The consultants couldn’t give a firm commitment to how long the bridge will need to be closed because that depends on factors like how large a weight limit the town decides it wants for the renovated bridge, but LaVigne said the bridge would probably be closed four-six months.

Although some work on repairing and replacing wooden members can be done during the cold, a good bit of the construction will have to be done during the warmer months. It’s likely the bridge could be closed for a large part of an April-November timeframe.

Mike Russell, who lives nearby on Lake Road, said, although he loves driving through the bridge, he would willingly give that up to preserve the historic bridge.

“I’ve thought for years that the right answer for this bridge is to restrict it to pedestrian and bicycle use only,” Russell said.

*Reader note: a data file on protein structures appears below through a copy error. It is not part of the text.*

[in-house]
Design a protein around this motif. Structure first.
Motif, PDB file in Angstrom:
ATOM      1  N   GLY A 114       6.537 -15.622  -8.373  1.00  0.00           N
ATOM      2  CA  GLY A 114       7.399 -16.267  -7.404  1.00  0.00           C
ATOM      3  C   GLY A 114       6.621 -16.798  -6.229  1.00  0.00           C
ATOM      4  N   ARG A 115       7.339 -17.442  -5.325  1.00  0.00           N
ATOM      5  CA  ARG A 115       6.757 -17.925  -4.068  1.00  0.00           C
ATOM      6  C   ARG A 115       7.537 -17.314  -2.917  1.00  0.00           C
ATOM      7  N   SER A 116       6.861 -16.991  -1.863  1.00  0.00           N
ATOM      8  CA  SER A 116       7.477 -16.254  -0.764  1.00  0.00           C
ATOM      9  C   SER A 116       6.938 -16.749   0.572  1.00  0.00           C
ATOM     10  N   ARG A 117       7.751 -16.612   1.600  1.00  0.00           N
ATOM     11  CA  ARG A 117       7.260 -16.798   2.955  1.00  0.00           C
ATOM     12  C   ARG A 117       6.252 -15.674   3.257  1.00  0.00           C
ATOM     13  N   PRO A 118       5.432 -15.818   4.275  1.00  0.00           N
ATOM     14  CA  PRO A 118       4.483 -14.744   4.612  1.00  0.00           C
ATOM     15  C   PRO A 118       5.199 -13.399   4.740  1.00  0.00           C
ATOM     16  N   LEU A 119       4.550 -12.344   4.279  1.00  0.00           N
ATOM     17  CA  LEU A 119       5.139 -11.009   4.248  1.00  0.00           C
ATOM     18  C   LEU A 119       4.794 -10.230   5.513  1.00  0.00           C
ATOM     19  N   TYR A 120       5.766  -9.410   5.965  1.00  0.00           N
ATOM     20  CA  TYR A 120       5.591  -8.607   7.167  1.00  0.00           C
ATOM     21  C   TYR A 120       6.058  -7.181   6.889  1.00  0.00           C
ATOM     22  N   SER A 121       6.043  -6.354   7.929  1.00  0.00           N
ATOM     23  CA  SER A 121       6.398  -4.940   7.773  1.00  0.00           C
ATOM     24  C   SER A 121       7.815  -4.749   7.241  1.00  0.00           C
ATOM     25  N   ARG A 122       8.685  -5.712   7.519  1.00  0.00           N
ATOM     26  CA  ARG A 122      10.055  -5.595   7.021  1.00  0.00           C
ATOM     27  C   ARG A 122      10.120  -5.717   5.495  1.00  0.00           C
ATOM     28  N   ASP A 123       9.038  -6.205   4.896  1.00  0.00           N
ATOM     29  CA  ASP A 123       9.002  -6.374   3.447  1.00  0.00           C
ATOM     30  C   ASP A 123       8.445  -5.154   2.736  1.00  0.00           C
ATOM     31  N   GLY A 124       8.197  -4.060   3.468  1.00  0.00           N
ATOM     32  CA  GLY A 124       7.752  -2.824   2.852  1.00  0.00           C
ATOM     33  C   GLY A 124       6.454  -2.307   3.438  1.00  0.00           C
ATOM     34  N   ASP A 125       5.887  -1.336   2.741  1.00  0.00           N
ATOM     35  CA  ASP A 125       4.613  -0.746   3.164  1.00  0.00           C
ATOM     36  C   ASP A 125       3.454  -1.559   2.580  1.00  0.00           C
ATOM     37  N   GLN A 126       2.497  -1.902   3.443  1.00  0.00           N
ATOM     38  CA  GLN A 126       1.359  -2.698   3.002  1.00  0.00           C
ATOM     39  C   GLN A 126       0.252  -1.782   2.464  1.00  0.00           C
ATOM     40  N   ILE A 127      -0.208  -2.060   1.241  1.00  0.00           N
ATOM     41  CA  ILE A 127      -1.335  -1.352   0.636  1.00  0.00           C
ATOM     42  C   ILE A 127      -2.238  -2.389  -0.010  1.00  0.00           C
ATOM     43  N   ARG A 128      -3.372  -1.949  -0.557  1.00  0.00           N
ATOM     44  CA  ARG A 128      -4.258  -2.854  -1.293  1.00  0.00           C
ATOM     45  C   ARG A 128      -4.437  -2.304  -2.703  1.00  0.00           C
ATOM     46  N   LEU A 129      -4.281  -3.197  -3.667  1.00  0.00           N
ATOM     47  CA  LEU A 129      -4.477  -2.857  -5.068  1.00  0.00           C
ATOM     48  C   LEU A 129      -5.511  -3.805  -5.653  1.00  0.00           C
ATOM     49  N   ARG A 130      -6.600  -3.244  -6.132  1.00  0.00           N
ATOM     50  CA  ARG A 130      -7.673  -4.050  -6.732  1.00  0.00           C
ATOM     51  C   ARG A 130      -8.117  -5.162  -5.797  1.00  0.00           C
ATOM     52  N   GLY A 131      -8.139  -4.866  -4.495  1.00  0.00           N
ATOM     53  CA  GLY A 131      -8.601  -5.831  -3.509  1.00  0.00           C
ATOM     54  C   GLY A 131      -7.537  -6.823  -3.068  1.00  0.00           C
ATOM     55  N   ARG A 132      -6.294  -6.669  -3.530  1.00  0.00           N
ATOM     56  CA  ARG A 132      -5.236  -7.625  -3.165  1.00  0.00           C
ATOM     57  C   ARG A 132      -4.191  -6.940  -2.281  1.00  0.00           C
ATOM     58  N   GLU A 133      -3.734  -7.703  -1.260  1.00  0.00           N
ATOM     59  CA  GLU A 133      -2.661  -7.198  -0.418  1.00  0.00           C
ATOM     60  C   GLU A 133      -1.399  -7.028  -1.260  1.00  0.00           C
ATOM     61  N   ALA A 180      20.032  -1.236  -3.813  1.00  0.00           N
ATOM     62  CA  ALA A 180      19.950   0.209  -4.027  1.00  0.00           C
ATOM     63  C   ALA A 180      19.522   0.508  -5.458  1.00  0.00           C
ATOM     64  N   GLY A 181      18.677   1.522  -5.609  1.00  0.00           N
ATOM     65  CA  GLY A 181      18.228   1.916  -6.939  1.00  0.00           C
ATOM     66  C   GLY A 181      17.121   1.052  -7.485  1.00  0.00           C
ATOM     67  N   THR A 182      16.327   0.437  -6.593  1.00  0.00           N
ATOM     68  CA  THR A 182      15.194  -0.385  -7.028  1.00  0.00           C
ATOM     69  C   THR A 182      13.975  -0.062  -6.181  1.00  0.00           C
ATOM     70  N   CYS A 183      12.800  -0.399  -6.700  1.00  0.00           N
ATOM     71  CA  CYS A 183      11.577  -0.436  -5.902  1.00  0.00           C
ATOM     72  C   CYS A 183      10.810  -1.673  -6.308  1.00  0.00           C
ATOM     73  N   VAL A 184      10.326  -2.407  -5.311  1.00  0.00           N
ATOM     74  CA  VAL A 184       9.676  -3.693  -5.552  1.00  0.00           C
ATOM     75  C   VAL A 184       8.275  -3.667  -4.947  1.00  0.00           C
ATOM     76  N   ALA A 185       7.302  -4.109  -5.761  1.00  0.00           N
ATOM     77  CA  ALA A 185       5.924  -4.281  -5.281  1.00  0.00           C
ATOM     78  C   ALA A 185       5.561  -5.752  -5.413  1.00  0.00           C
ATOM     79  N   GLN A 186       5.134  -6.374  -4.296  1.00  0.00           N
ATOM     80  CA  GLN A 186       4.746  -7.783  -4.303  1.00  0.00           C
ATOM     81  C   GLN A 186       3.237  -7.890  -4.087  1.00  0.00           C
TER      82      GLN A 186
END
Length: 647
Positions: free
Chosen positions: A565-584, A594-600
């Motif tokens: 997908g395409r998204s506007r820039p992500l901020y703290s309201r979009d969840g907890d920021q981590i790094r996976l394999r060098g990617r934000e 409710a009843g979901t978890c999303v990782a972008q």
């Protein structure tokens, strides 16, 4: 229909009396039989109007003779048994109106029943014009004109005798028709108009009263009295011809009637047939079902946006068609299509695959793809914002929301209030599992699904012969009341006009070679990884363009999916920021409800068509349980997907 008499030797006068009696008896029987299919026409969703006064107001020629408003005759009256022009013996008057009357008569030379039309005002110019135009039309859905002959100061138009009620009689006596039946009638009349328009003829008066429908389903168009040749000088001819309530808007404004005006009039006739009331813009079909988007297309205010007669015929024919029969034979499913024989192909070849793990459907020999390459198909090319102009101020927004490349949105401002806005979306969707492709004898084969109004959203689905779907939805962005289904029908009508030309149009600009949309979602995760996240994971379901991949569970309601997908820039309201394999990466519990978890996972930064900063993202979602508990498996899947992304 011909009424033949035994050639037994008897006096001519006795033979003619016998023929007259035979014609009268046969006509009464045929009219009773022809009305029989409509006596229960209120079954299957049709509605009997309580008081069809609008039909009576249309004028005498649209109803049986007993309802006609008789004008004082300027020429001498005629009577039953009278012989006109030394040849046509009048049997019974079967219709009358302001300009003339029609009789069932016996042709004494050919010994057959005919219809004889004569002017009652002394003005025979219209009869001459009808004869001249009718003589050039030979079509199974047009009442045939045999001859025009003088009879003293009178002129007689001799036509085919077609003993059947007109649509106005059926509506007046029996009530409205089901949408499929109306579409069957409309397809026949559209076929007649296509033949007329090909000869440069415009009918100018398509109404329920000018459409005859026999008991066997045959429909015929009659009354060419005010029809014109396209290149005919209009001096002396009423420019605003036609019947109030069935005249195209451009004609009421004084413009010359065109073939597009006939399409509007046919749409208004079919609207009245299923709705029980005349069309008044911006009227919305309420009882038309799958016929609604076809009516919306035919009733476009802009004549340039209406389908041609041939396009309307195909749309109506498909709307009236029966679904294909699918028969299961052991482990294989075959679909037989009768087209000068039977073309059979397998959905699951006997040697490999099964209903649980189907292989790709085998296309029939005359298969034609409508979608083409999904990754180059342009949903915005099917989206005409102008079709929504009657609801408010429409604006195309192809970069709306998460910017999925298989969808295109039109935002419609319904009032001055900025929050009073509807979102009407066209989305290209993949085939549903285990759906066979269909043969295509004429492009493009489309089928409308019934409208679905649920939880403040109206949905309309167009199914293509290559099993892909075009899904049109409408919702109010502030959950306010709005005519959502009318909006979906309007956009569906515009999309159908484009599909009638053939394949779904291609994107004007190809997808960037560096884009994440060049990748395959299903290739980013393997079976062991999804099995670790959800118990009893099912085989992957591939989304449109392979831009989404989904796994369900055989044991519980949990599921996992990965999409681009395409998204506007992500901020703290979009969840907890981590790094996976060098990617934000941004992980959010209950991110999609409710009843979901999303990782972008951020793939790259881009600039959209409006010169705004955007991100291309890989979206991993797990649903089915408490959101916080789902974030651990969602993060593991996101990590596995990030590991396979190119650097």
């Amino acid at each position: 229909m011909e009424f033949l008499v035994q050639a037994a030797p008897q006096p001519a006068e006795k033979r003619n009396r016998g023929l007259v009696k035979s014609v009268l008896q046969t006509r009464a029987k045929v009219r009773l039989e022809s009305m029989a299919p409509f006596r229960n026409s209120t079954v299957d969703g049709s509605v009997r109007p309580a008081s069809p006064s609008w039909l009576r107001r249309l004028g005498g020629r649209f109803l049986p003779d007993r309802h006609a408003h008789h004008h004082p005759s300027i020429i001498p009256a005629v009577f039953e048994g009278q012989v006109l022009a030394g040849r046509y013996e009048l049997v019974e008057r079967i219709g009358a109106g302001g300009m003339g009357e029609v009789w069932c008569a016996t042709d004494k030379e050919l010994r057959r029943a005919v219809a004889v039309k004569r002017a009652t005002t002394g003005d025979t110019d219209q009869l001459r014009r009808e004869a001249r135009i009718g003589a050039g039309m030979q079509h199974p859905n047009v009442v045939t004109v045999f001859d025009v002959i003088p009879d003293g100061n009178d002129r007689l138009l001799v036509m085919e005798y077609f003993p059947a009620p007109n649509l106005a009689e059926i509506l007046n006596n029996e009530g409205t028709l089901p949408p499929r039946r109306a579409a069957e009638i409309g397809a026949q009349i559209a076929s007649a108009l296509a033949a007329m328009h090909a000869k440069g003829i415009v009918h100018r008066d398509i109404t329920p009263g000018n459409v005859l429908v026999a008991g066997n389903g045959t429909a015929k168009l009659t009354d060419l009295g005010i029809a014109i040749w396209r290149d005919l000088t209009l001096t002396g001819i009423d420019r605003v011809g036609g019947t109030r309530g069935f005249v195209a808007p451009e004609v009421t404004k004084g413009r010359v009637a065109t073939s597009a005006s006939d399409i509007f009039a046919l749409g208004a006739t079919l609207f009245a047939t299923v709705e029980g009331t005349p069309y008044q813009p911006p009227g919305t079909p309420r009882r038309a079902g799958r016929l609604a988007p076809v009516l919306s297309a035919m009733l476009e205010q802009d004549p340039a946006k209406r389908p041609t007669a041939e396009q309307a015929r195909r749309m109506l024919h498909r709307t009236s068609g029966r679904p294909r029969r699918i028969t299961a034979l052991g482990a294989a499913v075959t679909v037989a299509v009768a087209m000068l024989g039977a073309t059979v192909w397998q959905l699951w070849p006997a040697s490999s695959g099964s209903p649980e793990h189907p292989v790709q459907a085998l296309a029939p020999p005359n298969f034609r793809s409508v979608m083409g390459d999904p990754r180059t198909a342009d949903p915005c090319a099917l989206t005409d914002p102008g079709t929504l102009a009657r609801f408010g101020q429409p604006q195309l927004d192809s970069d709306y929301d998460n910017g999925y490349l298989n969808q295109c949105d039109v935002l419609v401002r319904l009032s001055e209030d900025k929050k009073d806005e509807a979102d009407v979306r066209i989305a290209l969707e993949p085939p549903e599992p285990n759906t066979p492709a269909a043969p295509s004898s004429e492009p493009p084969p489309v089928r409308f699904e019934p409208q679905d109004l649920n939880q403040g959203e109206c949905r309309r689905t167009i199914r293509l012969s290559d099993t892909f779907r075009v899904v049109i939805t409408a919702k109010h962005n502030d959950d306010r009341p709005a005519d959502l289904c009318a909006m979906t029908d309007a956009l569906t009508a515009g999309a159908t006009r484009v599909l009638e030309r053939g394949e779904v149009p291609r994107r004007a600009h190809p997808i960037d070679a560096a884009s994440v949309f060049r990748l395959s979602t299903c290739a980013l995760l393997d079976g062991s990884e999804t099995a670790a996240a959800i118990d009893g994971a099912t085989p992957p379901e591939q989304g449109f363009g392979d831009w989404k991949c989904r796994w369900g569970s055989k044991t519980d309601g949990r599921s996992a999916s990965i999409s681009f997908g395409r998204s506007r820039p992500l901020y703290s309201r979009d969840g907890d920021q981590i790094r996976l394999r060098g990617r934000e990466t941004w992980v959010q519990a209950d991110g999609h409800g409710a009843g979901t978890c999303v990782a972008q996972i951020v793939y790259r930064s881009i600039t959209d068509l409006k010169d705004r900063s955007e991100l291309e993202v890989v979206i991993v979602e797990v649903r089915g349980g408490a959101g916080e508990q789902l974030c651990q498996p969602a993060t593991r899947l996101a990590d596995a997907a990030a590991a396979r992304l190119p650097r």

Because preserving the historic structure is a primary objective of the project and the bridge was built before modern vehicles, he supports prohibiting vehicles.

Greg Smith suggested adding a wooden bridge for pedestrians and cyclists to the covered bridge.

Judith Ehrlich, the Vermont Agency of Transportation (VTrans) historic preservation officer, said they try to limit big changes to historic structures like a walkway attached to the covered bridge. She said she would probably recommend a separate bridge, but that would require such things as separate footings and abutments that would increase the price.

“When we’re rehabilitating something historic, the goal is to try to retain as much original material as possible,” said Ehrlich. “When we need to make a change, we try to keep it subtle.”